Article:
Kristy graduated from the University of Louisville with a Bachelor of Science in Nursing.  Her clinical nursing background includes Medical/Surgical and Home Health Care.  Kristy has been certified as a Certified Disability Management Specialist for more than 15 years and has worked as a Nurse Case Manager for more than 20 years.  Kristy works closely with the injured worker, the employer, and insurance carrier throughout the case management process.  She has experience handling simple sprains to catastrophic injuries.


"I had a 43 year old male who works as a technician.  He reported a low back injury on 2/25/12 after working in an awkward position for an extended period of time.  He sought emergent care and was taken off work pending follow up evaluation.


His injury occurred in Chicago therefore he was covered by Illinois work comp.  He lived in Ohio however and returned home for ongoing care.  The initial efforts of case management was to coordinate an evaluation in Ohio with a provider who would accept Illinois work comp.


It should also be noted that claimant had experienced similar symptoms several years earlier.  He was treated conservatively for that initial injury.


Once a provider was located that would accept Illinois work comp, an appointment was coordinated with this provider. An MRI was recommended.  Through case management efforts the MRI was scheduled at the same facility that performed the previous MRI (from prior injury) to facilitate comparison to address any worsening of his condition.


There was a small disc herniation but it was on the opposite side of the injury several years earlier.  A neurosurgical consult with coordinated to review the MRI findings.  In the interim, conservative management was coordinated including PT, activity  modification and NSAIDS.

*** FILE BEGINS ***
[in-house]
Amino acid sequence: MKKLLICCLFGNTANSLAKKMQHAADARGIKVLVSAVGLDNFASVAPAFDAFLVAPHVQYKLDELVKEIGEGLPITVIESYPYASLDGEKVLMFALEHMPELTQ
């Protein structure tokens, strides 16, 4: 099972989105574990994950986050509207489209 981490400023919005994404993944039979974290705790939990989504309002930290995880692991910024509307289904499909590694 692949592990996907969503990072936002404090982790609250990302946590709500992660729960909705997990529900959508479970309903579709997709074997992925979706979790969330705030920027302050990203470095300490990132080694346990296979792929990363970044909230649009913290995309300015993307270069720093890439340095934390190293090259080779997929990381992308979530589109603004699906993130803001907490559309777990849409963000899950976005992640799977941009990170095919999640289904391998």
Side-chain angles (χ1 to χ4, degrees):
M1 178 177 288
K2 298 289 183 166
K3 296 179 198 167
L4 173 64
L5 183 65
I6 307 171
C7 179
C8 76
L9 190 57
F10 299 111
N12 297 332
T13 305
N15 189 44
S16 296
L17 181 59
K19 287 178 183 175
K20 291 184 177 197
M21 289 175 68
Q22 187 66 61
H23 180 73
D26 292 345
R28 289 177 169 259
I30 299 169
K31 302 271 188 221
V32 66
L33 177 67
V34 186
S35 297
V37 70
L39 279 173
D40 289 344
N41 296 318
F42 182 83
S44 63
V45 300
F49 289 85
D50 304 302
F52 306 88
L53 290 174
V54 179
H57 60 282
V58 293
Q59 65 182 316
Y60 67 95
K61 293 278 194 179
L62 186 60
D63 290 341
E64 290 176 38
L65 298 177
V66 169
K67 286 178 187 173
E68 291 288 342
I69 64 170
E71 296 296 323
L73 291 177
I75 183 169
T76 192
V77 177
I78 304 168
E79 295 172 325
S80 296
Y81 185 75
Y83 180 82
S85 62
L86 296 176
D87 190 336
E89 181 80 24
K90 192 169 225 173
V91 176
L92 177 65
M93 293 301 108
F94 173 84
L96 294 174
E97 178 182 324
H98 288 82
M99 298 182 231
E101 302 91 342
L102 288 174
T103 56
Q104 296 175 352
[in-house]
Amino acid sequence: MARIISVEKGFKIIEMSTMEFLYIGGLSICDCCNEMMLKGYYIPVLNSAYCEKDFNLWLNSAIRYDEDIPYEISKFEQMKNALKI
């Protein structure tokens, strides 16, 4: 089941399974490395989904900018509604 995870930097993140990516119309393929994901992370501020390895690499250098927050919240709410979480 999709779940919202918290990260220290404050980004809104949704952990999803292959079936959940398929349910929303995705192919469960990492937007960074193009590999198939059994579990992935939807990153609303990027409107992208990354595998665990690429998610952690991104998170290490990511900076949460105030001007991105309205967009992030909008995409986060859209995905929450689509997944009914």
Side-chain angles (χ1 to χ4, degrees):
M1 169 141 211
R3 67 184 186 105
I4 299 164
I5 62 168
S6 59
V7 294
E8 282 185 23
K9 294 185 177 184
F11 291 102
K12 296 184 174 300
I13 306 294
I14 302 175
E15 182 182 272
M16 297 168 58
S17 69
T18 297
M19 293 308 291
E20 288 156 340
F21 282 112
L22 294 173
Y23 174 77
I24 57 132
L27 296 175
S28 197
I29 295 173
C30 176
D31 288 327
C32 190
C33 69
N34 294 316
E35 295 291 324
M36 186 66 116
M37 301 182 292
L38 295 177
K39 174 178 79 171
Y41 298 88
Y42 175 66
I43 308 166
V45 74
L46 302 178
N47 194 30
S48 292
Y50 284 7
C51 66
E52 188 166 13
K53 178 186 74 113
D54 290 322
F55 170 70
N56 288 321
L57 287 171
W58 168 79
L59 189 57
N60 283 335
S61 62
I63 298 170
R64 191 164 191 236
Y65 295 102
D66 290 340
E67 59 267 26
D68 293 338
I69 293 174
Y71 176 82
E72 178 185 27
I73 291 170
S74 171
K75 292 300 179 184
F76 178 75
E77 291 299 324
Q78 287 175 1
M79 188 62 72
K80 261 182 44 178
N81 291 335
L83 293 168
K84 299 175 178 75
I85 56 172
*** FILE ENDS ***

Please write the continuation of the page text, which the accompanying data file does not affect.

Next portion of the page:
The neurosurgical consult was reviewed and there was no surgical issues identified.  A series of lumbar epidurals was recommended.  In the interim, a release to modified duty was obtained.  The employer was able to accommodate and the claimant returned to modified duty on 4/16/12.


A pain management consult was coordinated again with an Ohio provider.  At the time of this visit the claimant had reported improvement in his symptoms and the need for an epidural was deferred until symptoms recurred.


The claimant resumed his full duty activities.  Per the request of the adjuster a final evaluation is being planned to address release from care.

Through case management interventions timely care was coordinated in a different jurisdiction.  Treatment was coordinated timely and a modified duty return to work was coordinated to reduce TTD pending the completion of care.  A transition to full duty was coordinated and a final evaluation is scheduled for final documentation of release from care to allow claims adjuster to proceed with file closure." 

Why not let TRIUNE handle your next case from start to finish. 
Feel free to contact Kristy Baum at:

1-800-633-0884